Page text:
INDIANAPOLIS — The Indianapolis Motor Speedway is rolling out new security measures for this year’s month of May festivities. 

More than 300,000 fans are expected at this year’s 107th running of the Indianapolis 500. 

When fans walk through the gates, they’ll be greeted with new screening devices called CEIA OPENGATE®.

“I’m actually really excited about it,” said IMS President, Doug Boles. “The technology has come so far recently that we can do it in a way that i think fans can get in relatively quickly it could even be quicker.”

Boles said 60 CEIA OPENGATE® devices will be placed across all IMS entrances.

Fans will walk through it to be screened and won’t have to empty their pockets or remove any items of clothing.

“If it works the way it’s supposed to it is easier than stopping at a table and opening up your cooler and letting us search through your cooler before we send people in,” said Boles. “So, in a perfect world, it should be better. We are really hopeful that it helps expedite everything. It’ll be the first year we do it. So, we’re still encouraging people to come early just in case we have any issues.”

Officials with the company that makes the detector, CEIA USA say the CEIA OPENGATE® system was first introduced in 2021 and is up to federal government standards.

The devices are capable of moving up to 3500 people through in an hour but realistically will move anywhere between 2,000 and 2,500 people in that same time frame.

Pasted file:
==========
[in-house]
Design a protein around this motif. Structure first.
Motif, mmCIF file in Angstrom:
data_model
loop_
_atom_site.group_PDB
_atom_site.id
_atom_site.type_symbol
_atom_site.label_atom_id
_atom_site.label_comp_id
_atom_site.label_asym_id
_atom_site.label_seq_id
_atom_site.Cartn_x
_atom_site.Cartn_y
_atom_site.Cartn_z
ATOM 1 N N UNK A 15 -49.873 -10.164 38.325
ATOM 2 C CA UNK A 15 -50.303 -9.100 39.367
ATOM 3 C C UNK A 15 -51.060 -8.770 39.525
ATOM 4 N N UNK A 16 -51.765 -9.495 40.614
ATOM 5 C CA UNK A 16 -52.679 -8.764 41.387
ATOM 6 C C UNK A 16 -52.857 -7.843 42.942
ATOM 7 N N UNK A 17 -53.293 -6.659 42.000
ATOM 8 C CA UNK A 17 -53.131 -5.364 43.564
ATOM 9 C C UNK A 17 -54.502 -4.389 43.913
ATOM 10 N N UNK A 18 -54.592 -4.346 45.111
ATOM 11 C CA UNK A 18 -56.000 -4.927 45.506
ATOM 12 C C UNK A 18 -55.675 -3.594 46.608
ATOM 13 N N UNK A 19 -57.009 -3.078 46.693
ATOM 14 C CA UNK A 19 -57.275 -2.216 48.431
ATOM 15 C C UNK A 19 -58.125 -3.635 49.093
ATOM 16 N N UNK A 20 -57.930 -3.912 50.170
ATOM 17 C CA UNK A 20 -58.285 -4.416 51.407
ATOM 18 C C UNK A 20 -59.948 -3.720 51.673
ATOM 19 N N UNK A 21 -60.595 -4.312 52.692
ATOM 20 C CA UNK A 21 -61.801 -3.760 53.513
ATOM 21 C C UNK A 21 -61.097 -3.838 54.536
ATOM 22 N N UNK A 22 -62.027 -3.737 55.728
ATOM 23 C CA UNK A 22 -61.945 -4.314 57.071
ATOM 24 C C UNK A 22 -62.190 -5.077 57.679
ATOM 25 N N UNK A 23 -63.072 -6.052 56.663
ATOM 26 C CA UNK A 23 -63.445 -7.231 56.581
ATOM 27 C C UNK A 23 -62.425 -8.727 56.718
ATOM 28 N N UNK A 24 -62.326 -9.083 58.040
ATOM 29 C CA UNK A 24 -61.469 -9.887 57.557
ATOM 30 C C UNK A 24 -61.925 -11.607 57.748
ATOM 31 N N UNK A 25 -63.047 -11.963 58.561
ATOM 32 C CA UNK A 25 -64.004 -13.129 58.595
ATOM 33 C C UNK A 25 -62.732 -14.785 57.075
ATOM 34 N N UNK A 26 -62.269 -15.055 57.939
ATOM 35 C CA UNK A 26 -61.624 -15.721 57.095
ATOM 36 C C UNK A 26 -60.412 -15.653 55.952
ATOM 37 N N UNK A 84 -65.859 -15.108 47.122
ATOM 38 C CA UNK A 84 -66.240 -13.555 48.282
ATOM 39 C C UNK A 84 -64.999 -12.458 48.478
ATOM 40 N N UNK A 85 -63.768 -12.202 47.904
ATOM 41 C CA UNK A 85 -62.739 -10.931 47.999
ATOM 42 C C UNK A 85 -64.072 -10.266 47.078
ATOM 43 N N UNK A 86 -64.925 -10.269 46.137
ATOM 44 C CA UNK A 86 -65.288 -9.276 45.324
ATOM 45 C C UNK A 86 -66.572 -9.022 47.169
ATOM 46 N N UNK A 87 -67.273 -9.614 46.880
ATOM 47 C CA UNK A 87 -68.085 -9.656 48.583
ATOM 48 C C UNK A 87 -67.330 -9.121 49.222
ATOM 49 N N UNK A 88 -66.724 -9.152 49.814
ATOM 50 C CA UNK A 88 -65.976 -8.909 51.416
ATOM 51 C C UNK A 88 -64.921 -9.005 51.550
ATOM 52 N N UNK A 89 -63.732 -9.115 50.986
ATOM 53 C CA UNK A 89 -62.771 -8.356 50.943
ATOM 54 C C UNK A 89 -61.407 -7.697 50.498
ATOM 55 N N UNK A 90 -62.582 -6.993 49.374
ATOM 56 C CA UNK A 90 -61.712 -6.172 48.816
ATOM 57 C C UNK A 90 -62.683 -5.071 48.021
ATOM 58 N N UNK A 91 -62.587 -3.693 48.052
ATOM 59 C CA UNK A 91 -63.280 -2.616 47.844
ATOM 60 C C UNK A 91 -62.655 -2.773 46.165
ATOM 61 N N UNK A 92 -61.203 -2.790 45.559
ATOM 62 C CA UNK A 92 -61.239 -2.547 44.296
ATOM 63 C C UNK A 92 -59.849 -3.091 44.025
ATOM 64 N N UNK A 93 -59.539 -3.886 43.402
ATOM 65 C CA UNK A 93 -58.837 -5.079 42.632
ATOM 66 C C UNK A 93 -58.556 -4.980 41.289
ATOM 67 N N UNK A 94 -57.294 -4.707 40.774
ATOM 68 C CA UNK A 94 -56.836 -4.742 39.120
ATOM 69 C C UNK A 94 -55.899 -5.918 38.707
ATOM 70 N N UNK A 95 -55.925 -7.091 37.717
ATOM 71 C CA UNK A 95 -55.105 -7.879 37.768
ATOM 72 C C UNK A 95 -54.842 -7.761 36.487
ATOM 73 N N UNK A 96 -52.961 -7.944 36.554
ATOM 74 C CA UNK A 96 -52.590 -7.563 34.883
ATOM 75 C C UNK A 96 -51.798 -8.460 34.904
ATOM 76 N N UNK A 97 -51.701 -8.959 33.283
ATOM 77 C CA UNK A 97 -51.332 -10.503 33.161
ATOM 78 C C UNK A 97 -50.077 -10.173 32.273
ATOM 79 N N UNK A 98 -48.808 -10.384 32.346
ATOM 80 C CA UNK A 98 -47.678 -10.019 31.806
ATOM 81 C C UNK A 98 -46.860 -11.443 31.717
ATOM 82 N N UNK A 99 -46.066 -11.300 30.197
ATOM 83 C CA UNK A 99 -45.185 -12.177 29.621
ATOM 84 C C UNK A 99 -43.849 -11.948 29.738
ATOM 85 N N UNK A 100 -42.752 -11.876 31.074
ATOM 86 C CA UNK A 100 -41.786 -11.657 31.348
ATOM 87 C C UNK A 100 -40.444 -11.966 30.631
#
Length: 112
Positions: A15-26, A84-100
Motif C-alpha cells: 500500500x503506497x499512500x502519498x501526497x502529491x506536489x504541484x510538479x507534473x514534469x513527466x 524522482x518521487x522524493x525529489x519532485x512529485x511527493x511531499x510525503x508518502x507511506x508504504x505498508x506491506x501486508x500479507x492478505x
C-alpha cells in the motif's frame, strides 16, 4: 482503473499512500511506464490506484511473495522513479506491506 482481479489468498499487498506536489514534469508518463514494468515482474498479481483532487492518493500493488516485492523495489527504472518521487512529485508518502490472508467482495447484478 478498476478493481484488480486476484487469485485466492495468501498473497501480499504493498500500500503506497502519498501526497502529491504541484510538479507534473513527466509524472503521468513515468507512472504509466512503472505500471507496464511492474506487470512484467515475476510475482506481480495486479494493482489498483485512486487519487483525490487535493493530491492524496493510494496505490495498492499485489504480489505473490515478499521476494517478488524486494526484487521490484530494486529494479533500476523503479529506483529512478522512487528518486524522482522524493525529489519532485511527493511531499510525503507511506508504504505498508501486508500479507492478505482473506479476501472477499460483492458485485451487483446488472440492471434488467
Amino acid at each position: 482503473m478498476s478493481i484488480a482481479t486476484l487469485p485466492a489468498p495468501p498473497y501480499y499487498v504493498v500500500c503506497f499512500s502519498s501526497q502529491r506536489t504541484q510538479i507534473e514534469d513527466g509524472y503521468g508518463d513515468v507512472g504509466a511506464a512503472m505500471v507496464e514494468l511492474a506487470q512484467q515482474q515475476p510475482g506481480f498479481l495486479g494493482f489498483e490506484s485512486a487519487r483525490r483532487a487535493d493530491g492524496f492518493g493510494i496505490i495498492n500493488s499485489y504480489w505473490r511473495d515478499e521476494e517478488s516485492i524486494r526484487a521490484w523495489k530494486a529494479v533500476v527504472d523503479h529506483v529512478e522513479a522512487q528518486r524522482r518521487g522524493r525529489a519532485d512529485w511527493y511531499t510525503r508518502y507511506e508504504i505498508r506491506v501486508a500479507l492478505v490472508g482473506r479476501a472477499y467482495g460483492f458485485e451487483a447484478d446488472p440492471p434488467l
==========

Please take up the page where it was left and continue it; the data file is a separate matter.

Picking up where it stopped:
With the device, users can pick and choose exactly what they want to screen for and they can decide how sensitive the scanners need to be.

“We give you a sensitivity slider so that you can actually customize exactly how sensitive the detector is within that setting. So that if it was getting everything except for maybe one thing that you wanted, you can actually dial it in and go get that additional item,” said Aaron Blevins, the National Sales Manager with CEIA USA. “It allows our security partners who are using the detector to keep their heads up, they are looking at the crowd, they are focusing on behaviors, things like that that the metal detector itself doesn’t always provide.”

And with safety top of mind, Boles said this will make the Indy 500 experience just that much better.

“We encourage people, don’t bring your knives, don’t bring your weapons. Don’t bring all those things that you shouldn’t have brought anyway. But we’re going to catch them if you do,” said Boles. “Our fans even over the last few years are continuing to ask us to think about safety in the world that we live in right now. The second largest city in Indiana is inside these gates on race day. The only place bigger is Indianapolis. We have to think about it in a lot of ways like the city. Just like any police department, how do we make sure that everybody in here is as safe as can be.”

Blevins said the same devices were used at this year’s Super Bowl and are also used at places like SeaWorld, and various MLB, NFL and collegiate stadiums.